A Cruise On The Canals of Copenhagen
The capital of Denmark isn’t a big city, you can even see Copenhagen in one day. But no matter how much time you have in this beautiful pearl, a cruise on its canals is a must. The most beautiful parts of the city are by the water and you can see them all while a friendly guide shares interesting information as well as stories you won’t find in guide books. Does it sound good? Let me show you what you will see on a canal cruise in Copenhagen.
The cruise departed from Gammel Strand and I though it was a good idea to start there, because that way you get to see the splendor of Nyhavn as you sail into the beautiful harbor that was once the home of Hans Christian Andersen. Dug by Swedish war prisoners, it was meant to be a way for ships to come into the city to unload their cargo and fish. Nowadays however, it’s a very hip and touristy area of town, full of lovely restaurants and cafes. Go for smørrebrød (traditional Danish sandwiches) and waffles with ice-cream, yum! As pretty as Nyhavn is, I found it ten times more charming seen from the canal.
After Nyhavn, you will pass by the iconic Opera House, which is one of the most modern and expensive in the world, despite being only ten years old. Nearby there are a few industrial areas, which I found a bit off putting, although I did see a humongous crane! The view on the left side is a lot better, you can see parts of the Amalienborg Palace and The Marble Church so if I were to do it again, I’d choose the left side. Of course, on the right side you have a better view of the Little Mermaid, from the left side, you’d probably need binoculars to see it. 😉
The guide kept warning us to be careful when we were passing under a bridge because they were all so low, you could easily bump your head. At one point we passed under a very narrow bridge, it was surprising that we even got through. A duck would have had to wait in line if it wanted to go by us.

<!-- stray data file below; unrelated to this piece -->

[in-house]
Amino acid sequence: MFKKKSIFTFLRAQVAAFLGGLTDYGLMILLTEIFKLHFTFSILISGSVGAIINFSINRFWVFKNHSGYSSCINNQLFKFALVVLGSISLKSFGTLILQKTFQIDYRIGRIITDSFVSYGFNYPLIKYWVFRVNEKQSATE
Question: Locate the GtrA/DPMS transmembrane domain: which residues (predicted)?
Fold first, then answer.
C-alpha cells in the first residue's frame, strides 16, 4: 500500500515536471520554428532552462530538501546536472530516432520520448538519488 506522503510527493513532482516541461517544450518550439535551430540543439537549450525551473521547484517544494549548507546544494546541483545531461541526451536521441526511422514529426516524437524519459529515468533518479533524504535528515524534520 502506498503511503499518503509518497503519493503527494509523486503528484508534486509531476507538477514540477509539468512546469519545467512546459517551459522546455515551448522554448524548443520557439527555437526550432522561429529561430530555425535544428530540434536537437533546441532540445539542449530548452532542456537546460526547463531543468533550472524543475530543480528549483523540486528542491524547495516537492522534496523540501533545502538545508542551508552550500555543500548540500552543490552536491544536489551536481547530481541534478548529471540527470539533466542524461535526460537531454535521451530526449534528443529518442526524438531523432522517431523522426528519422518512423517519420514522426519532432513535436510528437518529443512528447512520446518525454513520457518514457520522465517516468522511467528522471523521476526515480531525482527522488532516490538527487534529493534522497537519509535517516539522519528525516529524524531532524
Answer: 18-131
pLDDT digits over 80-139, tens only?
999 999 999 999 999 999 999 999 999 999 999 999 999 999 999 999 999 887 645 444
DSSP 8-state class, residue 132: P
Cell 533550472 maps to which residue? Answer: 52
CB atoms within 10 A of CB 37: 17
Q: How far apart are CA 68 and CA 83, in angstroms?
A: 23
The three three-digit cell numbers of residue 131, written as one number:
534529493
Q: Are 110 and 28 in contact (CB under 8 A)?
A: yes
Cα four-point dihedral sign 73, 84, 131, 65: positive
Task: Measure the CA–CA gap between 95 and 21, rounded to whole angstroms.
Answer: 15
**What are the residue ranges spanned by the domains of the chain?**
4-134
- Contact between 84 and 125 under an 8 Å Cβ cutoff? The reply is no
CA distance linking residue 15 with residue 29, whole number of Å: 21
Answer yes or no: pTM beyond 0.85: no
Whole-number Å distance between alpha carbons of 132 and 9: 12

However, the nicest part of the tour was seeing Christianshavn, the delightful district that made me wonder whether we took a wrong turn and ended up in Amsterdam as the houses looked very similar. In reality, it all started when King Christian VI had plans to fortify the city and Christianshavn was created as a little merchant town, but since it couldn’t survive on its own, it was integrated into Copenhagen. Nowadays it’s a lively area and I wish I had more time to wander on its streets, to get a better taste of life in Copenhagen.
You can join the Grand Canal Cruise either from Nyhavn or Gammel Strand, it takes one hour, and the guide speaks Danish and English, as well as German, Italian, French, Portuguese or Spanish – some departures are audio guided which would be better because hearing the same thing in multiple languages can be a bit off putting, but then you wouldn’t hear the jokes and funny stories told by the tour guide. It costs 80 DKK (roughly €10) but it’s free if you have a Copenhagen Card (for the departures from Gammel Strand only).
If you have limited time in Copenhagen or if you’re tired from walking around and need a way to relax for an hour, the Grand Canal Cruise is the perfect choice for you.
Disclaimer: I was offered two complimentary tickets for the Grand Canal Cruise, but all views and pictures are, as always, entirely my own.